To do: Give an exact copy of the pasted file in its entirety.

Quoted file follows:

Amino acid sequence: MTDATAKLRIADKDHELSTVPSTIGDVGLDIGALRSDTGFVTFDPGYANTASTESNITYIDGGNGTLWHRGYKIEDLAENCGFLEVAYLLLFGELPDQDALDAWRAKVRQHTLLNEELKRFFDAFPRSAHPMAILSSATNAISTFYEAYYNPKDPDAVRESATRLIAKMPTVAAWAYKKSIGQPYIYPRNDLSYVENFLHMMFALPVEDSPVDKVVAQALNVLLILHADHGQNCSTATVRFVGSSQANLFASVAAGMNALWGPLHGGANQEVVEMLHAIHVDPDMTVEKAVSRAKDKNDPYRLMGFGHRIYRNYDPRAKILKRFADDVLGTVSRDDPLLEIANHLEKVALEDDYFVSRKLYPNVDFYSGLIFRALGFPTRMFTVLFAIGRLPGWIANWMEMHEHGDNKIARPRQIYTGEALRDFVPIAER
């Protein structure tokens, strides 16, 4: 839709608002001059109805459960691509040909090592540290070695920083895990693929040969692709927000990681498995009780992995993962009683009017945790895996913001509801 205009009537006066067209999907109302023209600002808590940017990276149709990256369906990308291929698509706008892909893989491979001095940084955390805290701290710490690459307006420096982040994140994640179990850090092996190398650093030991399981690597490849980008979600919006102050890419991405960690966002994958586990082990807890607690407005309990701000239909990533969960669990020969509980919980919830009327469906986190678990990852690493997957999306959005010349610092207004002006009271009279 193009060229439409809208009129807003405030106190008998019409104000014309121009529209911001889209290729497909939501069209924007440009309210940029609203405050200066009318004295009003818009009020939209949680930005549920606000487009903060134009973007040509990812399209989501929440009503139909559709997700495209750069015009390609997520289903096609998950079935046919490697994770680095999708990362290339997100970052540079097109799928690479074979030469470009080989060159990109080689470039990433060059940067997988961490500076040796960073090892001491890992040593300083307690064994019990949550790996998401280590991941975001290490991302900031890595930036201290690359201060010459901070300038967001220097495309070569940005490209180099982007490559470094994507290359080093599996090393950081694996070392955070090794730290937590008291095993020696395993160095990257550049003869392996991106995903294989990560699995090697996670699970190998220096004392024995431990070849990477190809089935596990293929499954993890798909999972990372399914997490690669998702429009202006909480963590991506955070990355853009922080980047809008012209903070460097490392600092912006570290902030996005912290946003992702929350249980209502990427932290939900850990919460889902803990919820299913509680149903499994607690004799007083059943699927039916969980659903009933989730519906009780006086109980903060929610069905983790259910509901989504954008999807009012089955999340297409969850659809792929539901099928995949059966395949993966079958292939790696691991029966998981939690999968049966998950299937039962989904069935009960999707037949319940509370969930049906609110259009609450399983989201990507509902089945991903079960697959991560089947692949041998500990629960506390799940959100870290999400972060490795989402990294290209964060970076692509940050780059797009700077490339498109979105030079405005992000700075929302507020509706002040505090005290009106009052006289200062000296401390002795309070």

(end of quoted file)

Amino acid sequence: MTDATAKLRIADKDHELSTVPSTIGDVGLDIGALRSDTGFVTFDPGYANTASTESNITYIDGGNGTLWHRGYKIEDLAENCGFLEVAYLLLFGELPDQDALDAWRAKVRQHTLLNEELKRFFDAFPRSAHPMAILSSATNAISTFYEAYYNPKDPDAVRESATRLIAKMPTVAAWAYKKSIGQPYIYPRNDLSYVENFLHMMFALPVEDSPVDKVVAQALNVLLILHADHGQNCSTATVRFVGSSQANLFASVAAGMNALWGPLHGGANQEVVEMLHAIHVDPDMTVEKAVSRAKDKNDPYRLMGFGHRIYRNYDPRAKILKRFADDVLGTVSRDDPLLEIANHLEKVALEDDYFVSRKLYPNVDFYSGLIFRALGFPTRMFTVLFAIGRLPGWIANWMEMHEHGDNKIARPRQIYTGEALRDFVPIAER
């Protein structure tokens, strides 16, 4: 839709608002001059109805459960691509040909090592540290070695920083895990693929040969692709927000990681498995009780992995993962009683009017945790895996913001509801 205009009537006066067209999907109302023209600002808590940017990276149709990256369906990308291929698509706008892909893989491979001095940084955390805290701290710490690459307006420096982040994140994640179990850090092996190398650093030991399981690597490849980008979600919006102050890419991405960690966002994958586990082990807890607690407005309990701000239909990533969960669990020969509980919980919830009327469906986190678990990852690493997957999306959005010349610092207004002006009271009279 193009060229439409809208009129807003405030106190008998019409104000014309121009529209911001889209290729497909939501069209924007440009309210940029609203405050200066009318004295009003818009009020939209949680930005549920606000487009903060134009973007040509990812399209989501929440009503139909559709997700495209750069015009390609997520289903096609998950079935046919490697994770680095999708990362290339997100970052540079097109799928690479074979030469470009080989060159990109080689470039990433060059940067997988961490500076040796960073090892001491890992040593300083307690064994019990949550790996998401280590991941975001290490991302900031890595930036201290690359201060010459901070300038967001220097495309070569940005490209180099982007490559470094994507290359080093599996090393950081694996070392955070090794730290937590008291095993020696395993160095990257550049003869392996991106995903294989990560699995090697996670699970190998220096004392024995431990070849990477190809089935596990293929499954993890798909999972990372399914997490690669998702429009202006909480963590991506955070990355853009922080980047809008012209903070460097490392600092912006570290902030996005912290946003992702929350249980209502990427932290939900850990919460889902803990919820299913509680149903499994607690004799007083059943699927039916969980659903009933989730519906009780006086109980903060929610069905983790259910509901989504954008999807009012089955999340297409969850659809792929539901099928995949059966395949993966079958292939790696691991029966998981939690999968049966998950299937039962989904069935009960999707037949319940509370969930049906609110259009609450399983989201990507509902089945991903079960697959991560089947692949041998500990629960506390799940959100870290999400972060490795989402990294290209964060970076692509940050780059797009700077490339498109979105030079405005992000700075929302507020509706002040505090005290009106009052006289200062000296401390002795309070």